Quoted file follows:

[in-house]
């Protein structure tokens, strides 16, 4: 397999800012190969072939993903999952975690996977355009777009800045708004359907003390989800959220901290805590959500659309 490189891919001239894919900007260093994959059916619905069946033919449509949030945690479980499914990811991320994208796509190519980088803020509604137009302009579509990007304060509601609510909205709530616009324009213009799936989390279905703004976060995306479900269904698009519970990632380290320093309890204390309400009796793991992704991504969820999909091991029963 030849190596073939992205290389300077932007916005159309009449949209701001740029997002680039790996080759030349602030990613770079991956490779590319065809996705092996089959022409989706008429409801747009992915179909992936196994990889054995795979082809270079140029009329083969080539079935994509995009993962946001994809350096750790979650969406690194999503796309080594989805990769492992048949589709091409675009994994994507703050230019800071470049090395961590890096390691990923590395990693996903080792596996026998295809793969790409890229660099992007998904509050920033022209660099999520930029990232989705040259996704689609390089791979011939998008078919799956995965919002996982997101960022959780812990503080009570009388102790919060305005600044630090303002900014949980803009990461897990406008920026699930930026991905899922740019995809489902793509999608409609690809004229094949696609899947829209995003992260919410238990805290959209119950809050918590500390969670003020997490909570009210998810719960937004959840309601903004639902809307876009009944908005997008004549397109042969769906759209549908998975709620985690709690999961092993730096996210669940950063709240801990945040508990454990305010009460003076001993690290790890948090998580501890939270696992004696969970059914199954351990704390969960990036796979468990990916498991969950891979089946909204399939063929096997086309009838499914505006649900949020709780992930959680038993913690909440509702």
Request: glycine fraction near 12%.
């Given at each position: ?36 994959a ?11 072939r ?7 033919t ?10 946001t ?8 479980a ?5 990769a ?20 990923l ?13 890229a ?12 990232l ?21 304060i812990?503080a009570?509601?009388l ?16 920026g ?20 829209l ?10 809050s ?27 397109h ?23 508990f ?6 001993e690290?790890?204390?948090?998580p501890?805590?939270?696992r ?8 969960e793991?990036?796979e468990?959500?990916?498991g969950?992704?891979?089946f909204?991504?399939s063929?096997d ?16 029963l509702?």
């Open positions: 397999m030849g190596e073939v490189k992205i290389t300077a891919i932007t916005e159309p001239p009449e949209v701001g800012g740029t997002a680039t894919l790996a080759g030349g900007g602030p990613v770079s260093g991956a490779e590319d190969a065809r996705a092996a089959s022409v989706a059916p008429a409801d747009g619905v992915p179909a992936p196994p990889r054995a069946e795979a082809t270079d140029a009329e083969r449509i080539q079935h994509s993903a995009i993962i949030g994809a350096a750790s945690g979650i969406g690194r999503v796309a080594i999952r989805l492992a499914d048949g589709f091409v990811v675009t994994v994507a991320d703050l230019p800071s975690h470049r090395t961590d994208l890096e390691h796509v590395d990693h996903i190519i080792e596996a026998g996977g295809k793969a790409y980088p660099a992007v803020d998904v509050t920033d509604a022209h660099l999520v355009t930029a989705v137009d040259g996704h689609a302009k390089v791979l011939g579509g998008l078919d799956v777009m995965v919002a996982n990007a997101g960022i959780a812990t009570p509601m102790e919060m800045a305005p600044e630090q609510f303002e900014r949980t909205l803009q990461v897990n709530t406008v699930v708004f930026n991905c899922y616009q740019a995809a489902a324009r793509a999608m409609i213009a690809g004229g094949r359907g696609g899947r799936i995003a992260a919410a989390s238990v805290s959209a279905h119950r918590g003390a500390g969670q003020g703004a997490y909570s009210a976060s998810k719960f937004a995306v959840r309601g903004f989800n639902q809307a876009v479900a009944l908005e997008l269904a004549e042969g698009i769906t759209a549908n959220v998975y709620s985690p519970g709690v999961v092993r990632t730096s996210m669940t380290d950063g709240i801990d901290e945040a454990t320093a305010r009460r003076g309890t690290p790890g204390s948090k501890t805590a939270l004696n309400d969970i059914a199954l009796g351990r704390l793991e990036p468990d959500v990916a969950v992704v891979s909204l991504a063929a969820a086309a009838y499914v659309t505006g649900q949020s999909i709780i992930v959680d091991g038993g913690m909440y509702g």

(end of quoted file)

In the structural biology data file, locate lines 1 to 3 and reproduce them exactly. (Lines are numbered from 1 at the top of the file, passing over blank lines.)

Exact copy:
[in-house]
């Protein structure tokens, strides 16, 4: 397999800012190969072939993903999952975690996977355009777009800045708004359907003390989800959220901290805590959500659309 490189891919001239894919900007260093994959059916619905069946033919449509949030945690479980499914990811991320994208796509190519980088803020509604137009302009579509990007304060509601609510909205709530616009324009213009799936989390279905703004976060995306479900269904698009519970990632380290320093309890204390309400009796793991992704991504969820999909091991029963 030849190596073939992205290389300077932007916005159309009449949209701001740029997002680039790996080759030349602030990613770079991956490779590319065809996705092996089959022409989706008429409801747009992915179909992936196994990889054995795979082809270079140029009329083969080539079935994509995009993962946001994809350096750790979650969406690194999503796309080594989805990769492992048949589709091409675009994994994507703050230019800071470049090395961590890096390691990923590395990693996903080792596996026998295809793969790409890229660099992007998904509050920033022209660099999520930029990232989705040259996704689609390089791979011939998008078919799956995965919002996982997101960022959780812990503080009570009388102790919060305005600044630090303002900014949980803009990461897990406008920026699930930026991905899922740019995809489902793509999608409609690809004229094949696609899947829209995003992260919410238990805290959209119950809050918590500390969670003020997490909570009210998810719960937004959840309601903004639902809307876009009944908005997008004549397109042969769906759209549908998975709620985690709690999961092993730096996210669940950063709240801990945040508990454990305010009460003076001993690290790890948090998580501890939270696992004696969970059914199954351990704390969960990036796979468990990916498991969950891979089946909204399939063929096997086309009838499914505006649900949020709780992930959680038993913690909440509702």
Request: glycine fraction near 12%.